james said...

Time to go back to the drawing board and consult the Ouija board as well. Please consult the Dutch about flood control they know a thing or two because they saw a thing or two. This is a poor solution on so many grounds just like the shut down the L train for 18 months was like the L a better solution can be found. Rushing a solution to grab the 1.2 Billion in Federal Sandy funds by a deadline only enriches a few.

Anonymous said...

Why can't they do half at a time?

Anonymous said...

Here is my comment on the closing of ERP. It sucks ass.

Choresh Wald said...

I just submitted my request for the city to change the plan and go back to the former plan and also use the opportunity and dismantle the FDR drive just like it was done on the west side highway.
Vast majority of people living in Manhattan do not own vehicles and city planning and priorities need to reflect that.
Hurricane Sandy came because of climate change and maintaining the level of service for motor vehicles is climate change denialism.

Anonymous said...

If this happens and is approved, I feel like having a memorial or a funeral to commentate what a beloved stretch of land of this was.

Anonymous said...

Big problem here : you can't fight city hall and you can't fight mother nature.

Anonymous said...

fait accompli people, bohica!

Anonymous said...

The City has already decided to foward with this plan so what is the point of arguing anymore? The NYC real estate developers have to protect their assets and they got the NYC politicians to spend a ton of tax payer money to do so.

Anonymous said...

Crooked Carlina again in cahoots with the Mayor, sad! Our Council Member could stop this instead of angling to be the crumb dispenser for some "conservancy" and some late infrastructure to NYCHA that should happen no matter what happens to the park.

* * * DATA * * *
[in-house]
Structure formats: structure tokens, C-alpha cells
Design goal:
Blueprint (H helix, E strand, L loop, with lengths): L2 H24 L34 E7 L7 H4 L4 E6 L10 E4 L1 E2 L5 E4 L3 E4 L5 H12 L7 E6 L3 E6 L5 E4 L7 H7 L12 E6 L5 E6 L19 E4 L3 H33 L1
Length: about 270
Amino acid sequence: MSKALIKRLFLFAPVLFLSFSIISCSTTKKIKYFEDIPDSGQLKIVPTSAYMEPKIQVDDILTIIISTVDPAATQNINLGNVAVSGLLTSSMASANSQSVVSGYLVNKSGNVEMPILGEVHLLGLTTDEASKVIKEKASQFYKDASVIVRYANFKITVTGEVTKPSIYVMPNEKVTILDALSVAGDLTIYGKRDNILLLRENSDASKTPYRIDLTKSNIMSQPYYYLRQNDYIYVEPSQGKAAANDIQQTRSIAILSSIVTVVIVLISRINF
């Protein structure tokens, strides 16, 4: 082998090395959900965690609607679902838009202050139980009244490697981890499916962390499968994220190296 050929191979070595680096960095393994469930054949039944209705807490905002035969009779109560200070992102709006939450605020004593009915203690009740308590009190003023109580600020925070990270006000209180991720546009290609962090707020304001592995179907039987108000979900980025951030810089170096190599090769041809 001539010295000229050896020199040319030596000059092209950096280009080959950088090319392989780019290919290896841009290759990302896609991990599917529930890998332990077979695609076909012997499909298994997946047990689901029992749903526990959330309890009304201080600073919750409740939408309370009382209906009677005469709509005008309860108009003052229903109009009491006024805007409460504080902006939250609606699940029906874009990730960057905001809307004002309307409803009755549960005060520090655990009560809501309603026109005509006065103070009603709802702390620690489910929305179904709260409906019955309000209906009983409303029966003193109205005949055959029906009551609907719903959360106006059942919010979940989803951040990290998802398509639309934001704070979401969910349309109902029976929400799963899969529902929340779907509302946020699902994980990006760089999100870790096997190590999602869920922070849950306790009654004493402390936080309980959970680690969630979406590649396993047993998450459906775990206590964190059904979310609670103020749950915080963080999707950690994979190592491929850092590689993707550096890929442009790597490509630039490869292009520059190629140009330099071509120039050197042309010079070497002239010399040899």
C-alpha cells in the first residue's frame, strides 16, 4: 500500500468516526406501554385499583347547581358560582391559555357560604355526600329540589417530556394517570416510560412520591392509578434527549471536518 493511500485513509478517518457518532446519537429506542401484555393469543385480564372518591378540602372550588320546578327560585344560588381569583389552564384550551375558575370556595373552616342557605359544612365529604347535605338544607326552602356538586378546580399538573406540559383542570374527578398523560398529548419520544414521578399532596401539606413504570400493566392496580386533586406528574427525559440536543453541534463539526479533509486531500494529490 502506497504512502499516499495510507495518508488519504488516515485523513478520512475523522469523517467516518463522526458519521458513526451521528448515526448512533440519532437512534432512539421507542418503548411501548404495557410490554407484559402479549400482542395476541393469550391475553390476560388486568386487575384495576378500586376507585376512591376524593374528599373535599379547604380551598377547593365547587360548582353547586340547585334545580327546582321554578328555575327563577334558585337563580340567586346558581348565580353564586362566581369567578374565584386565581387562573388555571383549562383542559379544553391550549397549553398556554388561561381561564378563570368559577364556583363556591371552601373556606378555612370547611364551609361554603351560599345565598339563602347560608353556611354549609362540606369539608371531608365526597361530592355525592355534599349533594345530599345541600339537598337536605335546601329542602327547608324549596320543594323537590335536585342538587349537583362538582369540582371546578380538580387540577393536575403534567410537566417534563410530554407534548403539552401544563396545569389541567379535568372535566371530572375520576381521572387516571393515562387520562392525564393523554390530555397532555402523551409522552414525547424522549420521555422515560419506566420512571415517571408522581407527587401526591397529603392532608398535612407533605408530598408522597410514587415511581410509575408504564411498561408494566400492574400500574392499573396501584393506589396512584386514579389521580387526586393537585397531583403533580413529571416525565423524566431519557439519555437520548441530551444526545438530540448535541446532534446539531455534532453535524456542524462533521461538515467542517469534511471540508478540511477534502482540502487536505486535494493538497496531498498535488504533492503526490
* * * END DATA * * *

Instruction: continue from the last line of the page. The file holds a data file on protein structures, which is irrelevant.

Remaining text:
Giovanni said...

Meanwhile, Indonesia is moving its capital city of Jakarta to another island because the city is sinking into the Java Sea. Also sinking are the cities of Houston, New Orleans, and Washington DC, which is sinking in more ways than one. Perhaps we should follow Jakarta’s lead and start moving to higher ground.

Anonymous said...

@Choresh Wald: The vast majority of people living in NYC are not sick right now, but at any moment one/many of them could need emergency medical care.By your reasoning, we should get rid of emergency rooms or ambulances, b/c "the vast majority" don't need them, and "city planning & priorities need to reflect that".

Anonymous said...

@4:02 PM

Well that makes no sense. And emergency services prefer the avenues as the FDR is problematic. Car culture is passing. Save yourself some time and money and use ride-shares and maybe join the evil bicycle hordes.

The "great" thing about the current proposal is it's not a good idea but there aren't any good ideas. If it does work for downtown that water goes somewhere.

I maintain hardening the existing infrastructure against floods - ConEd etc - would be a better spend for billions. But it all depends on who got DeBlasio that brown paper bag.

Anonymous said...

This is so fucked up. I love East Side River Park. It will take more than three years to undo what they are planning. I have lost all faith in our city government and the cronies who lie to us in seeking reelection. No more voting for me again. Done. It doesn't matter.

Anonymous said...

@6:38pm: It makes plenty of sense. On 9/11, how do you think all the emergency vehicles got to the site? IIRC, via the FDR and West Side Highway.

BTW, car culture is not passing, but you can amuse yourself with that thought if it pleases you.

Ride-shares: not a chance in hell; yellow medallion taxis only!